Adult contemporary muisic (AC; Scots: Adult contemporar) is a style o muisic, rangin frae 1960s vocal an 1970s soft rock muisic tae predominantly ballad-hivy muisic o the present day, wi varyin degrees o easy listenin, soul, rhythm an blues, an rock influence. Adult contemporary is rather a continuation o the easy listenin an soft rock style that became popular in the 1960s an 1970s wi some adjustments that reflect the evolution o pop/rock muisic.
Adult contemporary tends tae hae lush, soothin an heichlie polished qualities whaur emphasis on melody an harmonies is accentuatit. It is uisually melodic enough tae get a listener's attention, an is inaffensive an pleasurable enough tae wirk well as backgrund muisic. Like maist o pop muisic, its sangs tend tae be written in a basic format (aften the verse-chorus structur), as well as the common employment o repeatit choruses.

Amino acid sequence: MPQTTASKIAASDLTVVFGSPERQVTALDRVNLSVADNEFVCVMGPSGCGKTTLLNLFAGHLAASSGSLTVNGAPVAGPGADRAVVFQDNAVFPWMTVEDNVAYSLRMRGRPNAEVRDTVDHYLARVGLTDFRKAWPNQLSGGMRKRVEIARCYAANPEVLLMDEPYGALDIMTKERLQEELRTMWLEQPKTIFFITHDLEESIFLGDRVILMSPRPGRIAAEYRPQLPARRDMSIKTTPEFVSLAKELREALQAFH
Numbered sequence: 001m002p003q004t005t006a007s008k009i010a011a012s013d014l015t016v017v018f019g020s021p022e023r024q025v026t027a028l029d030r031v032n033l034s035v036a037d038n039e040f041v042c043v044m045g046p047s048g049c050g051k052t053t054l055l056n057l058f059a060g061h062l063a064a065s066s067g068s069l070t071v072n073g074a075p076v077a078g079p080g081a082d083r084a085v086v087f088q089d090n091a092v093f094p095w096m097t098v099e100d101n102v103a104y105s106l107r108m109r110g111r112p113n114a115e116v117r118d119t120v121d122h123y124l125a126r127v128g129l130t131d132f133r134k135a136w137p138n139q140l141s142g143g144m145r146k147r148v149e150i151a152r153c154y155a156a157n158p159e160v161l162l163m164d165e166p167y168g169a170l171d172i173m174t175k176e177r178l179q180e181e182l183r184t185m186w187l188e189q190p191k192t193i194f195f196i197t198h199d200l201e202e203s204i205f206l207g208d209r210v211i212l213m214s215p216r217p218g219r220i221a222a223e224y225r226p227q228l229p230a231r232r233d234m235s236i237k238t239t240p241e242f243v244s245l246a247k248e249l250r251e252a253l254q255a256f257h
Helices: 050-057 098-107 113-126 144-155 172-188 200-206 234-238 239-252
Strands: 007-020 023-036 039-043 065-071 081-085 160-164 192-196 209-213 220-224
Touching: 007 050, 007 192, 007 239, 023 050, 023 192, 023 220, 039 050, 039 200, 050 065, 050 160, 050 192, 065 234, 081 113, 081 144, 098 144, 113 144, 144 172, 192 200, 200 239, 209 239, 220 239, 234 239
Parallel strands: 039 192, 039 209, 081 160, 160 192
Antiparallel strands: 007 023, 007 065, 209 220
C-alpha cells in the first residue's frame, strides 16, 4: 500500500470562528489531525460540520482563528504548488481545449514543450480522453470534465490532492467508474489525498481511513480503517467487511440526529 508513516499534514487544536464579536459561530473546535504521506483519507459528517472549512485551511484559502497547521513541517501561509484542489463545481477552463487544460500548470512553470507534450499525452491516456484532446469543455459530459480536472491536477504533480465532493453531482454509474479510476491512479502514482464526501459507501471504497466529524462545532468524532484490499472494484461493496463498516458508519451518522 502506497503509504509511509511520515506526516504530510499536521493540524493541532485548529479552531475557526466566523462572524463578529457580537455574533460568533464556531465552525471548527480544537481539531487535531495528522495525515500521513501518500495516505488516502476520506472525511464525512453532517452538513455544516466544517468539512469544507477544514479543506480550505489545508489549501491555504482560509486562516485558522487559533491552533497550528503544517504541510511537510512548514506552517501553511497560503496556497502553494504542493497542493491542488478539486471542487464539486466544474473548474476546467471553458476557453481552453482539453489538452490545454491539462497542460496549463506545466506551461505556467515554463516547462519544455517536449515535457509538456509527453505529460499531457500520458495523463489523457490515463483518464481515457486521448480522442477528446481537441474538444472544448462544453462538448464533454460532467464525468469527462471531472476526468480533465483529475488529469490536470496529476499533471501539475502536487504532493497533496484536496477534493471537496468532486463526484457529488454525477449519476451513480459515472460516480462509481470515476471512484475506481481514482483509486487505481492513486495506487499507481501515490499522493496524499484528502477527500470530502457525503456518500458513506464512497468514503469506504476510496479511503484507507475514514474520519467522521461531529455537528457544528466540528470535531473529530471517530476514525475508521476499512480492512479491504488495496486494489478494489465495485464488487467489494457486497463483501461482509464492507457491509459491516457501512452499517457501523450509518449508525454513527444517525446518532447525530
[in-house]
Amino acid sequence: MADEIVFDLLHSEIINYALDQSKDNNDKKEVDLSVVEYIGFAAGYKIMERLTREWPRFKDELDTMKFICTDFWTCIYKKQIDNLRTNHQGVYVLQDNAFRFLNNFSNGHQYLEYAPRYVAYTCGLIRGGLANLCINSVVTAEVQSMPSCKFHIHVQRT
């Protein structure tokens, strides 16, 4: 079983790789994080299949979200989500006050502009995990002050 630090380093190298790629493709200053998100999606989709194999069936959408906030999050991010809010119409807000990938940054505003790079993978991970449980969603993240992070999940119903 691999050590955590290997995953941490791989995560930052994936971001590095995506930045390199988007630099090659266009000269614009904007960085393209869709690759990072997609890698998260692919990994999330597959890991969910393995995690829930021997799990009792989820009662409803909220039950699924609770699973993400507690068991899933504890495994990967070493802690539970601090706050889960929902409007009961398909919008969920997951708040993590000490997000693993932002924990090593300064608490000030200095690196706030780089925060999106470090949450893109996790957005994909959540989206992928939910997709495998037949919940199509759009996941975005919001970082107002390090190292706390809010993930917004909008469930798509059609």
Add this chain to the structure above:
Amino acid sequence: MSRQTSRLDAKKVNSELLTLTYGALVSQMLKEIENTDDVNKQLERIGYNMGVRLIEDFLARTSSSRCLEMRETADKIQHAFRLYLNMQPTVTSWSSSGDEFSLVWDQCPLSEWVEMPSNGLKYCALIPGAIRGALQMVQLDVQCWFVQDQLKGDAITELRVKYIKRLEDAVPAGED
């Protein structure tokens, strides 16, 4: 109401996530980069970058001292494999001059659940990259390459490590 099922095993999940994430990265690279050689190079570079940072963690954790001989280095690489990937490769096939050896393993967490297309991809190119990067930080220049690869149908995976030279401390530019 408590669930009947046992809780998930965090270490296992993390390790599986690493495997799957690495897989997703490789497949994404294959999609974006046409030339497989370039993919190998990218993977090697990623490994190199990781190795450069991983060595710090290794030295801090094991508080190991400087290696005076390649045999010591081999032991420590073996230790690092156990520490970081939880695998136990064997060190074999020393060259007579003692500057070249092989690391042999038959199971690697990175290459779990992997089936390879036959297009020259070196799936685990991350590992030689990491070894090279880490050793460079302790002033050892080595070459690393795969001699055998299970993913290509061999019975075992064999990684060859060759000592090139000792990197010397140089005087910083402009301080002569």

Adult contemporary is hivy on romantic ballads which maistly uise acoustic instruments (tho bass guitar is uisually uised) such as acoustic guitars, pianos, saxophones, an sometimes an orchestral set. The electric guitars are normally faint an heich-pitched. Housomeivver, recent adult contemporary muisic mey uisually featur seenthesizers (an ither electronics, such as drum machines).
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References[eedit | eedit soorce]
- Proefrock, Stacia. "Celine Dion - Music Biography, Credits and Discography". AllMusic. Retrieved 2012-10-03.
- Adult Contemporary Music. about.com. Retrieved August 4, 2008.
- "Soft Rock Music - What is Soft Rock? - Oldies Music Songs and Artists". Oldies.about.com. 2012-09-06. Retrieved 2012-10-03.
- Adult Contemporary. "Adult Contemporary : Significant Albums, Artists and Songs, Most Viewed". AllMusic. Retrieved 2012-10-03.
- Musical Terms. American Popular Music. Oxford University Press. Retrieved August 4, 2008.
- R. B. Browne and P. Browne, eds, The Guide to United States Popular Culture (Popular Press, 2001), ISBN 0-87972-821-3, p. 687.
- "Pop Music - What Is Pop Music - A Definition and Brief History". Top40.about.com. 2012-09-07. Retrieved 2012-10-03.
- J. M. Curtis, Rock eras: interpretations of music and society, 1954-1984 (Popular Press, 1987), p. 236.